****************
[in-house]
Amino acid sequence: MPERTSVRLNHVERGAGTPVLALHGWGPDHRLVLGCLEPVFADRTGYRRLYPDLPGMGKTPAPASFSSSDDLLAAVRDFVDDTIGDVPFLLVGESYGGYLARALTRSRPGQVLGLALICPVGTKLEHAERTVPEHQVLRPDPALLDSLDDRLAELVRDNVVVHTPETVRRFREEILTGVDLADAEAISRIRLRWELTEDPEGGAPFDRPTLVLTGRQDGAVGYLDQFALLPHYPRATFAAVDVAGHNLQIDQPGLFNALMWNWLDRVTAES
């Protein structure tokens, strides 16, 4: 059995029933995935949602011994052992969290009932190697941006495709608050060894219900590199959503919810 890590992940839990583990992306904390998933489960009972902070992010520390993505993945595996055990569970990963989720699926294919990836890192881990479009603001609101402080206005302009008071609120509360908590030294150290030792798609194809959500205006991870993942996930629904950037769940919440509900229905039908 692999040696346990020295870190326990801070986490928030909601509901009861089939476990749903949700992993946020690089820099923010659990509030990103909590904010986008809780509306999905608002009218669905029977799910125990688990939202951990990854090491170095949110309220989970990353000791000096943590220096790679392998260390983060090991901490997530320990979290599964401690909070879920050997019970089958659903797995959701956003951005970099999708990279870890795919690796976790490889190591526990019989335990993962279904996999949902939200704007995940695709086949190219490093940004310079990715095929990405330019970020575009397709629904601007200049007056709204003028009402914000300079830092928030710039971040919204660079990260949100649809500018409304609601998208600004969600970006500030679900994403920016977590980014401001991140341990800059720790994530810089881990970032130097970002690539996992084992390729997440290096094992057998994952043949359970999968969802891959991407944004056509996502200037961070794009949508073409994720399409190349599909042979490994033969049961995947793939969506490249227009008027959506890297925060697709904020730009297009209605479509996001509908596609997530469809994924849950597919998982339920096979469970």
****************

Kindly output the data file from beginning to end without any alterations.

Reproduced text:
[in-house]
Amino acid sequence: MPERTSVRLNHVERGAGTPVLALHGWGPDHRLVLGCLEPVFADRTGYRRLYPDLPGMGKTPAPASFSSSDDLLAAVRDFVDDTIGDVPFLLVGESYGGYLARALTRSRPGQVLGLALICPVGTKLEHAERTVPEHQVLRPDPALLDSLDDRLAELVRDNVVVHTPETVRRFREEILTGVDLADAEAISRIRLRWELTEDPEGGAPFDRPTLVLTGRQDGAVGYLDQFALLPHYPRATFAAVDVAGHNLQIDQPGLFNALMWNWLDRVTAES
């Protein structure tokens, strides 16, 4: 059995029933995935949602011994052992969290009932190697941006495709608050060894219900590199959503919810 890590992940839990583990992306904390998933489960009972902070992010520390993505993945595996055990569970990963989720699926294919990836890192881990479009603001609101402080206005302009008071609120509360908590030294150290030792798609194809959500205006991870993942996930629904950037769940919440509900229905039908 692999040696346990020295870190326990801070986490928030909601509901009861089939476990749903949700992993946020690089820099923010659990509030990103909590904010986008809780509306999905608002009218669905029977799910125990688990939202951990990854090491170095949110309220989970990353000791000096943590220096790679392998260390983060090991901490997530320990979290599964401690909070879920050997019970089958659903797995959701956003951005970099999708990279870890795919690796976790490889190591526990019989335990993962279904996999949902939200704007995940695709086949190219490093940004310079990715095929990405330019970020575009397709629904601007200049007056709204003028009402914000300079830092928030710039971040919204660079990260949100649809500018409304609601998208600004969600970006500030679900994403920016977590980014401001991140341990800059720790994530810089881990970032130097970002690539996992084992390729997440290096094992057998994952043949359970999968969802891959991407944004056509996502200037961070794009949508073409994720399409190349599909042979490994033969049961995947793939969506490249227009008027959506890297925060697709904020730009297009209605479509996001509908596609997530469809994924849950597919998982339920096979469970």